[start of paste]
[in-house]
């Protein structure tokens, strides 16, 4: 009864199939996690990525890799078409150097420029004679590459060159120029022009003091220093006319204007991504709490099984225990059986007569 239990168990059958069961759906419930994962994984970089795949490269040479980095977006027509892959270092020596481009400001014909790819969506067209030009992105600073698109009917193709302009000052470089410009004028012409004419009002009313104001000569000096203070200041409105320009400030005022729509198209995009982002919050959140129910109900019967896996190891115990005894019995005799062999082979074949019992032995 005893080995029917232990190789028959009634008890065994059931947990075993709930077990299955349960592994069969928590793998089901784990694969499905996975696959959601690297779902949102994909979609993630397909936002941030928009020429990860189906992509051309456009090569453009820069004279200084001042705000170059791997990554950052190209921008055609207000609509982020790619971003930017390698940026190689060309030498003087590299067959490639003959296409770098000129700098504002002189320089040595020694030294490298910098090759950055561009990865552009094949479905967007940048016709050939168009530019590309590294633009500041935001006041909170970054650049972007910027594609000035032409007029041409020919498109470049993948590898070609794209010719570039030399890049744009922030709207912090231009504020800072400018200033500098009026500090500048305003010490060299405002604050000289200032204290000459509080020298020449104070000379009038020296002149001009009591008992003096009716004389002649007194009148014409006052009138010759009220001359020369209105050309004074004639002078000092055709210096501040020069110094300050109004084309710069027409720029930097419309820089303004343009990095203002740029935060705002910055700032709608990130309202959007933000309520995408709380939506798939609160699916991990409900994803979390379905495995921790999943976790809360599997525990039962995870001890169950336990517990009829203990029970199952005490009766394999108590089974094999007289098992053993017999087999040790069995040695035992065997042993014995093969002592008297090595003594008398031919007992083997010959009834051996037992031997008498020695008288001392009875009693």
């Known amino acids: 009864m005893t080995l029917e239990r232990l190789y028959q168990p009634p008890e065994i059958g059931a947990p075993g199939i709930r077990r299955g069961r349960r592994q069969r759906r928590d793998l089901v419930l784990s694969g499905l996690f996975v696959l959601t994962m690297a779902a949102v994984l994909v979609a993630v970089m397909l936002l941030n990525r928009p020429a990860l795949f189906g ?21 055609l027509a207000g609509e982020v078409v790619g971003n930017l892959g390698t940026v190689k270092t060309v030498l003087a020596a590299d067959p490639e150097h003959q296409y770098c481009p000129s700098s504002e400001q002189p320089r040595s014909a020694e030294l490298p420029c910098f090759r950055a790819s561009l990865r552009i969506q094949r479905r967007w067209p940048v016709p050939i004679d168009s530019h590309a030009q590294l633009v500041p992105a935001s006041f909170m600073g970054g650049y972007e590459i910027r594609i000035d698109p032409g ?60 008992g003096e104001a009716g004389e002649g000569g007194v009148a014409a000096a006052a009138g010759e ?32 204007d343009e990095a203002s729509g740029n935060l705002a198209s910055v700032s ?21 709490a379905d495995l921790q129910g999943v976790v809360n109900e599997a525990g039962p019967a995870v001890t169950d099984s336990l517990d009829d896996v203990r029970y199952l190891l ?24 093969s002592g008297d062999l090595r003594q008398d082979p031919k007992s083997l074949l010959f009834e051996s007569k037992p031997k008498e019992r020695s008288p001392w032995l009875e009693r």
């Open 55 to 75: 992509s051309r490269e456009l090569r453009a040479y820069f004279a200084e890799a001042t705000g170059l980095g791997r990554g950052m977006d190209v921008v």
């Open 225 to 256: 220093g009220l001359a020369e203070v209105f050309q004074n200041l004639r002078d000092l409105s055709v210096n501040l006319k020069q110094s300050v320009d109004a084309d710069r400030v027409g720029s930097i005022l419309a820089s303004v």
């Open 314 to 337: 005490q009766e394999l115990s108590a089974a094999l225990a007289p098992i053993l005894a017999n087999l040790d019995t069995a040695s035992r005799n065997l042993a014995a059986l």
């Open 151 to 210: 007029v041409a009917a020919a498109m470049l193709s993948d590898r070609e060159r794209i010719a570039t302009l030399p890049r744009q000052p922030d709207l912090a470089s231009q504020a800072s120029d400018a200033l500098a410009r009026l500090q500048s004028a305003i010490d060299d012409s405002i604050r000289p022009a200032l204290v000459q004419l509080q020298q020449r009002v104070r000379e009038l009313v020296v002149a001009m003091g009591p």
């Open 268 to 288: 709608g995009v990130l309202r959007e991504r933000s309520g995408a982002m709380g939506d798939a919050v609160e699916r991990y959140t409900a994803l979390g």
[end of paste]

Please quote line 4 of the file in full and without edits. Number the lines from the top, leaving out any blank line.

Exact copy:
């Open 55 to 75: 992509s051309r490269e456009l090569r453009a040479y820069f004279a200084e890799a001042t705000g170059l980095g791997r990554g950052m977006d190209v921008v």